8. Reviewed pictures of before and after X-rays and written detailed letters explaining why the doctors in Thailand probably made the decision they did about Dominic’s care, we might have received conflicting advice about Dominic’s prognosis, and the pros and cons of additional corrective action within the next two years.

Ironically, Mike and I have found ourselves the recipients of more good old-fashion communal medical care here in Laos than we would have ever received (or asked for) if we had been living in Melbourne, yet all of this communal care has been delivered virtually. It’s all come from a “community” living on the other side of the world.

In the olden days, these people might have received some chickens or maybe a sack of potatoes for their help. Now they get nothing but heartfelt thanks.

Doctor friends,

Thank you. And thank you again. We’re so grateful that so many of you are willing to share some time and expertise via facebook, email and skype. You have eased the stresses that come with living somewhere with limited medical facilities more than you may ever know. Should you ever want to come to Laos, our guest room is always open and we’ll be happy to get some of those chickens and potatoes for you, too. Heck, we’ll even throw in a needy dog.

Love Lisa, Mike & Dominic

How have your friends reached out and helped you virtually?

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Dominic’s leg: The ugly, the bad, and the good.

We’re here at Bumrungrad hospital in Bangkok. I tried to organize this into some sort of coherent update by good, bad and ugly categories, but I not feeling coherent enough myself yet to pull that off. So, in no particular order and with no particular artistry, here’s what’s going on.

Good: Mike and I are overwhelmed by the amount of love and support people are directing our way from around the world. We are so touched and feel so loved. Dominic, of course, has no idea that so many people are thinking of him and praying for him, but we sure do.  Thank you. Thank you. Thank you.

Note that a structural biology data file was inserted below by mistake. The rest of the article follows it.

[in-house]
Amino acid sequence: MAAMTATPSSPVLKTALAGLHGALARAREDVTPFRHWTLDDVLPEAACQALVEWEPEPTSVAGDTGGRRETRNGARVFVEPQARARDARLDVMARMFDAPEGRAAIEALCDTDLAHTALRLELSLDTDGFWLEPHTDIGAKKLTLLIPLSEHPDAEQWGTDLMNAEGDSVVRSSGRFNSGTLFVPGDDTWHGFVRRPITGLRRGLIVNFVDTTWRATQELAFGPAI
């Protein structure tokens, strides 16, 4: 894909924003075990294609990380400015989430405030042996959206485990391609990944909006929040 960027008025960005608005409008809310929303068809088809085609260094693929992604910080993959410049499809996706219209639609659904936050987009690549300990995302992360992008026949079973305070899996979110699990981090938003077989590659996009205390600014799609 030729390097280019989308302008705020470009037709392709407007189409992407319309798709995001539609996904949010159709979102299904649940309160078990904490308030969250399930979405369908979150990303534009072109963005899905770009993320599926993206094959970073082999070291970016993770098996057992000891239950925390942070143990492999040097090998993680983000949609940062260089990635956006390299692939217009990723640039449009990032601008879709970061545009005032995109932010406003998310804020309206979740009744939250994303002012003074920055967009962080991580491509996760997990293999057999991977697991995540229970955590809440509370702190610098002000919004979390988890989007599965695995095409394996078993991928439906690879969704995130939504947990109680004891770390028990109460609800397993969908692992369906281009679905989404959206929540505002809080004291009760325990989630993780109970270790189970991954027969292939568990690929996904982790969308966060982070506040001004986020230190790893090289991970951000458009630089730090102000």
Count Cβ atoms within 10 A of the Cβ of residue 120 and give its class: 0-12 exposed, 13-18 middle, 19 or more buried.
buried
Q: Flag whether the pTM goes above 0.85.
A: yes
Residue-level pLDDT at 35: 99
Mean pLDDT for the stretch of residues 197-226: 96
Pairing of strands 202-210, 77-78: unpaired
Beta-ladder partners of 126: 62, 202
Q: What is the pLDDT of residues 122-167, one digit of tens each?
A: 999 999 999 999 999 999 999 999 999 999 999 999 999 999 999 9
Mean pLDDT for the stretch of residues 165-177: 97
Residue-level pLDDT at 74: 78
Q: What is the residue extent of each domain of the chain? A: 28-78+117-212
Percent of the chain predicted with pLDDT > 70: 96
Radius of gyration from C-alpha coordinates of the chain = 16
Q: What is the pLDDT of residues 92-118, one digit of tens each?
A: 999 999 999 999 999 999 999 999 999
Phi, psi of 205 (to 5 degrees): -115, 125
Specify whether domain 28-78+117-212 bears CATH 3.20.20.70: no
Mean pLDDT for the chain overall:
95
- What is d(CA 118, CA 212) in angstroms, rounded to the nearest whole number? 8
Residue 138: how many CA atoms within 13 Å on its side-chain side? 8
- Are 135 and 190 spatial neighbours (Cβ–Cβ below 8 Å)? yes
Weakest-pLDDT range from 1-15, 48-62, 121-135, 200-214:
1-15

Bad: Despite our insurer’s best efforts, it took us more than 30 hours to get Dominic to Bangkok after the break. During that time we splinted his leg using cardboard and gauze (Mike’s dad did most of that, actually) and kept him as still as possible. We slept him on the change-table mat on the floor and I fed him by kneeling over him. I also managed to feed him on the plane without taking him out of the car seat (which I think I should get some sort of acrobatics award for, and maybe an honorable mention for sacrificing dignity). During these last 48 hours there have been several times when I really wished I had not slacked off on yoga after Dominic’s birth.

Good: This is our second medevac with our medical insurance company, International SOS, and they continue to impress (and when I say “impress” I mean: I would like to kiss every single employee of that company plus anyone who sits on the board).

They made probably a dozen phone calls to Laos to keep us updated on their efforts and a doctor walked us through how to splint the leg ourselves. They flew a doctor up to Laos to escort us back to Bangkok on the flight. We were met at the gate and whisked through the diplomatic channel at immigration and customs and then met at the curb of the airport by an ambulance and two nurses.

Bad: In the ambulance the nurses and the doctor who’d travelled with us were in frequent communication with the team waiting for us at the hospital. They told me they didn’t want me to feed him after 4pm because they’d scheduled him for surgery at 8pm, and then they put the sirens on the ambulance in an effort to get us to the hospital faster so that I could feed before the deadline.